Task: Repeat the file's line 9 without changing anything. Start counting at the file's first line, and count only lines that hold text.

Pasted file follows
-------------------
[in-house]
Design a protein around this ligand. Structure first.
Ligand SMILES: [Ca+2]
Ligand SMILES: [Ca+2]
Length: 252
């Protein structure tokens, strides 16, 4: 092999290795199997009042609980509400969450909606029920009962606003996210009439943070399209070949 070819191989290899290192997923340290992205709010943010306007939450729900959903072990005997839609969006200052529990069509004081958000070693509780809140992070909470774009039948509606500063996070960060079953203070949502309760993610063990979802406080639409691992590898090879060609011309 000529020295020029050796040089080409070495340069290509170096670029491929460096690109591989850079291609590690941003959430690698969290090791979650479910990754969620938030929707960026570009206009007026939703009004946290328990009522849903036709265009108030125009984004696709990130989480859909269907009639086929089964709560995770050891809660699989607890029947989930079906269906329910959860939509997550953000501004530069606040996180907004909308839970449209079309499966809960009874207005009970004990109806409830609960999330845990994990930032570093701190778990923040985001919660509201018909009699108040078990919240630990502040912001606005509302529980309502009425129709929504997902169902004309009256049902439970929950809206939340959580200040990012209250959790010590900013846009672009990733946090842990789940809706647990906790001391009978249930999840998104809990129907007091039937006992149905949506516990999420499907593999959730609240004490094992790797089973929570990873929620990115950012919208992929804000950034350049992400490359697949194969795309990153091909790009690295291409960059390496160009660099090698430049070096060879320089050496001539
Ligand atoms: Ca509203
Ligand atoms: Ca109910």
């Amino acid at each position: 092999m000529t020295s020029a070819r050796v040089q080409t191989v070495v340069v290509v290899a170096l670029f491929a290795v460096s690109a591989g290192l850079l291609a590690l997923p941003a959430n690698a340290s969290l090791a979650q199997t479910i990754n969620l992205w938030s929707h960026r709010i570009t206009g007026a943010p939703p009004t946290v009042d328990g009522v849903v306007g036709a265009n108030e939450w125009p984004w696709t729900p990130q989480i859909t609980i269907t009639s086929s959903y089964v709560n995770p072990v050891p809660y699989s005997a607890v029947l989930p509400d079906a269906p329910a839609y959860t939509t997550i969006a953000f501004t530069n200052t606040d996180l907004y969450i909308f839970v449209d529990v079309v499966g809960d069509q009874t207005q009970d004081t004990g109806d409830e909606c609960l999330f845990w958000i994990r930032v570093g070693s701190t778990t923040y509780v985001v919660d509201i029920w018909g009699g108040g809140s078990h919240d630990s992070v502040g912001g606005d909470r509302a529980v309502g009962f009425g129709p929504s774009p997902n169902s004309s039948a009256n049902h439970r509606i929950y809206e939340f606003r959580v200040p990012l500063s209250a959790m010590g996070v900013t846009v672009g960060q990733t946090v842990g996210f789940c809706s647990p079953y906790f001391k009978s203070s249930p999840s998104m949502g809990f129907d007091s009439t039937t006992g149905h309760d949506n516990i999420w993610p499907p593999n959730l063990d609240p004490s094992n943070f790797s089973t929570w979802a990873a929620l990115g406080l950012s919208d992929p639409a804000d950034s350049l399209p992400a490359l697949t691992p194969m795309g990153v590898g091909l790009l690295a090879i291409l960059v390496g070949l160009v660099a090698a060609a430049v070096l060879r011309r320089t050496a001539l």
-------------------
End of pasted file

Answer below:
């Amino acid at each position: 092999m000529t020295s020029a070819r050796v040089q080409t191989v070495v340069v290509v290899a170096l670029f491929a290795v460096s690109a591989g290192l850079l291609a590690l997923p941003a959430n690698a340290s969290l090791a979650q199997t479910i990754n969620l992205w938030s929707h960026r709010i570009t206009g007026a943010p939703p009004t946290v009042d328990g009522v849903v306007g036709a265009n108030e939450w125009p984004w696709t729900p990130q989480i859909t609980i269907t009639s086929s959903y089964v709560n995770p072990v050891p809660y699989s005997a607890v029947l989930p509400d079906a269906p329910a839609y959860t939509t997550i969006a953000f501004t530069n200052t606040d996180l907004y969450i909308f839970v449209d529990v079309v499966g809960d069509q009874t207005q009970d004081t004990g109806d409830e909606c609960l999330f845990w958000i994990r930032v570093g070693s701190t778990t923040y509780v985001v919660d509201i029920w018909g009699g108040g809140s078990h919240d630990s992070v502040g912001g606005d909470r509302a529980v309502g009962f009425g129709p929504s774009p997902n169902s004309s039948a009256n049902h439970r509606i929950y809206e939340f606003r959580v200040p990012l500063s209250a959790m010590g996070v900013t846009v672009g960060q990733t946090v842990g996210f789940c809706s647990p079953y906790f001391k009978s203070s249930p999840s998104m949502g809990f129907d007091s009439t039937t006992g149905h309760d949506n516990i999420w993610p499907p593999n959730l063990d609240p004490s094992n943070f790797s089973t929570w979802a990873a929620l990115g406080l950012s919208d992929p639409a804000d950034s350049l399209p992400a490359l697949t691992p194969m795309g990153v590898g091909l790009l690295a090879i291409l960059v390496g070949l160009v660099a090698a060609a430049v070096l060879r011309r320089t050496a001539l």